The sunshine is calling and freedom is at our fingertips. Summer vacation has finally arrived! I can’t wait to let my children soak up every ounce of relaxation this summer and let them have some much deserved time to decompress.
However, taking 3 months off from formal education can have a huge impact on the academic progress that they made this year.
“In NWEA’s research, summer learning loss was observed in math and reading across third to eighth grade, with students losing a greater proportion of their school year gains each year as they grow older – anywhere from 20 to 50 percent.”
Knowing that my kids are at an age where they risk losing almost 50% of their past year’s progress is motivation enough to enforce some summer studying. However, summer is a time for adventure, so I want to encourage math and reading in ways that don’t feel like learning.
Check out these fun ways we have incorporated and reinforced important skills into our summer adventures.
Any time you have a recipe, math problems await. No need to create worksheets or bore kids with math problems they can’t relate to. My 5th grader is living in a fraction-filled world right now, so what better way to practice than to give her a recipe and ask her to double (or triple) it?
This recipe for making slime will have your kids thinking you’re the coolest mom ever; all-the-while you are really just enriching them with math and measurement problems.
- 2/3 Cup White Elmer’s Glue
- 1/2 teaspoon Baking Soda.
- 1/4 Cup Water.
- 2-3 Cups Shaving Cream.
- 1.5 tablespoons Contact Lens Solution
- Liquid Food Coloring.*
*Important: your brand of contact lens solution must have boric acid and sodium borate in the ingredient list. This is what interacts with the glue to form the slime.
My 2nd grader worked on telling time this year and for her, it was a struggle. She figured it out towards the end of the year, but the last thing I want for her is to lose this concept over the summer. With limited supplies and quick set up, hula hoop clocks make a great sunshiny review.
- Send your child to find 2 sticks that would work for both the hour and minute hands.
- Lay a hula hoop on your driveway/sidewalk
- Write clock numbers on the outside of the hula hoop.
- Call out times and have your kids move the hands of the hula hoop to the correct time.
Need to reinforce knowledge of money? Playing Monopoly is an excellent way to learn! Any school-ager can work on their math skills by counting spaces on the board or counting out their money for purchases. For older kids, have them act as the banker to practice making change or calculating mortgaged properties. I don’t know about you, but my kids fight over who gets to be the banker. I love that they are arguing over who gets to practice more math!
Problem-solving/ Data interpretation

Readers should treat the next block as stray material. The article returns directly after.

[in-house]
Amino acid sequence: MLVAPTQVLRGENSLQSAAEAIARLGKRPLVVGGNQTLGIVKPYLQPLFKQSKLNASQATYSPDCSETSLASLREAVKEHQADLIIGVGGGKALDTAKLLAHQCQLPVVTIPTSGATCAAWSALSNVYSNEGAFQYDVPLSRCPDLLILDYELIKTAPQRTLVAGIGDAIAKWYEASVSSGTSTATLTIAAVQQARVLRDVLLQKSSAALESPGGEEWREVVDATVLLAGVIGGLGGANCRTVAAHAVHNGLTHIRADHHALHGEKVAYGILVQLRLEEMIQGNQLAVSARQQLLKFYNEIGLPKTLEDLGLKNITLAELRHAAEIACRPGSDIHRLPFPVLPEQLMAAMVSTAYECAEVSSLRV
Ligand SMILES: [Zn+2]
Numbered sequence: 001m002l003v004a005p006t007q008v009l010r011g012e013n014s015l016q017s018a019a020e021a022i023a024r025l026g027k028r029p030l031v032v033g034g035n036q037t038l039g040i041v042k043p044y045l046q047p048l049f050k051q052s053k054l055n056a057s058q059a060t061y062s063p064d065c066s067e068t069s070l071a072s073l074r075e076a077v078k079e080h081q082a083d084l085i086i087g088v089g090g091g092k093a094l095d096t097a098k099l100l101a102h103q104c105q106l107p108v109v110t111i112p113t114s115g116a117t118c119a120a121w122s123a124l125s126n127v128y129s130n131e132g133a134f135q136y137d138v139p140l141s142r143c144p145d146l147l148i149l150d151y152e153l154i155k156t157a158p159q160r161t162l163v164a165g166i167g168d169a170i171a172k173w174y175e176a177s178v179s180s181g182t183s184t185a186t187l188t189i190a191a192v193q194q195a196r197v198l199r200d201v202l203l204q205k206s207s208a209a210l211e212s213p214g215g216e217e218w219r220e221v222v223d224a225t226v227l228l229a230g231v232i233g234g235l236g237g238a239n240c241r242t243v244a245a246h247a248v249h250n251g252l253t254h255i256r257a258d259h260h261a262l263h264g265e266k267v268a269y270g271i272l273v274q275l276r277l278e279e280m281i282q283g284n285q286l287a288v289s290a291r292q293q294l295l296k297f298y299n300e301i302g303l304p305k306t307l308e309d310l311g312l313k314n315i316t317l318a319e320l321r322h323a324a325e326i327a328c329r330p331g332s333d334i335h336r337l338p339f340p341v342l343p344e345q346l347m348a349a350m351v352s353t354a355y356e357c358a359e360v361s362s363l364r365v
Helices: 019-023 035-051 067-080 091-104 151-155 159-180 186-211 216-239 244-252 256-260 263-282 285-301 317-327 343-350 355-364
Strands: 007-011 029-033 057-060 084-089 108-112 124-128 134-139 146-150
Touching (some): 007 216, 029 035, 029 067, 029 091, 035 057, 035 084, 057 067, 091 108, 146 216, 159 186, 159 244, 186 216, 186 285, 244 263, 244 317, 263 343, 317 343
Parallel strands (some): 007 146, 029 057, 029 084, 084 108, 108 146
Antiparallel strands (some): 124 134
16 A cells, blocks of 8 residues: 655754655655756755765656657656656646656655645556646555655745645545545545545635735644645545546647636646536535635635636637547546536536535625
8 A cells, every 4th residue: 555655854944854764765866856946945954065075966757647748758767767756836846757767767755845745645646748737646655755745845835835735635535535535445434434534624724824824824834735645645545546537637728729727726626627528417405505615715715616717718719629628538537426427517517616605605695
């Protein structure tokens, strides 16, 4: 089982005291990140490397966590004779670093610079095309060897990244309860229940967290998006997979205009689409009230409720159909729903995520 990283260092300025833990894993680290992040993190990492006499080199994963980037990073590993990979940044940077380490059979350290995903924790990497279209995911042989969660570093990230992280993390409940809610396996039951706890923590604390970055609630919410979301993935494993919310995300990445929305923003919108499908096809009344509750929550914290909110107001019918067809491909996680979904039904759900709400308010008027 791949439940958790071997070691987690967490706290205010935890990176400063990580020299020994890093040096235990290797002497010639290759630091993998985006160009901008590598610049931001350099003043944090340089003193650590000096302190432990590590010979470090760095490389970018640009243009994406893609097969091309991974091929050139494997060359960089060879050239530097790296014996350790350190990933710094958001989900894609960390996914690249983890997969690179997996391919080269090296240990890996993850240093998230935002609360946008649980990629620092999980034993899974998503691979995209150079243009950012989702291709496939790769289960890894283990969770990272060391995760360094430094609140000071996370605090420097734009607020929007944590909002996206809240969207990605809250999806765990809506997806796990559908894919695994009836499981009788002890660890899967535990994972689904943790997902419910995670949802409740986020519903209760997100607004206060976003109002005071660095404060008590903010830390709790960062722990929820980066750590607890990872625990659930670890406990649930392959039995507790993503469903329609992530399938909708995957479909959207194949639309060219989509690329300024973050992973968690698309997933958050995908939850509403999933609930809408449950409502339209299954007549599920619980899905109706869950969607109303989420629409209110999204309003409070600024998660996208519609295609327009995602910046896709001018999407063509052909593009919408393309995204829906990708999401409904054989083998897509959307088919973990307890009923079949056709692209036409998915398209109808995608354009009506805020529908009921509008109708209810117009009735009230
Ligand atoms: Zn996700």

Geocaching a fun way for kids to learn important skills without even realizing it! Using any mobile phone, geocaching in Cedar Rapids is a fun way to practice an understanding of compass points, distance, longitude and latitude, reading and following maps, drawing and using scale, problem-solving and interpreting data. These fun geocache adventures take you outside to search for hidden treasures that have been hidden by others around the city. Not only are they reinforcing their academics, but they are also learning more about the city they live in!
Addition / Subtraction
Math is everywhere! Bowling is a great way for young school-agers to work on addition and subtraction facts. For my youngest, she can figure the difference in pins knocked down. (I.e – if 4 pins are standing, how many did you just knock down?) She will then report that math to my older girls, who can tally the score by hand and create more complex problems: ( (10+10+10) x 10 = 300) For instant feedback, they can then check the score on the TV to make sure they are correct.
A fair amount of our summer is spent watching softball games. Watching sports lends itself to some amazing statistics and math problems. Kids will quickly become pros at multiplication and division through calculating batting averages or fielding percentages (batting average = hits/at-bats). I also have a daughter who pitches, so my 7th grader can calculate earned run averages of pitchers while sitting at the games (ERA = (Earned runs/innings pitched) x9). Need more complex math to challenge older kids? Have them research their favorite players who have racked up far more impressive statistics for some higher level math problems.
What fun ways do you incorporate learning into your summer routine?
Make sure you never miss out on a parenting or community-related blog post: sign up to receive Cedar Rapids Moms posts in your inbox. While you’re at it, join our VIP List to ensure you’re one of the first to know about upcoming Cedar Rapids Moms events and promotions!!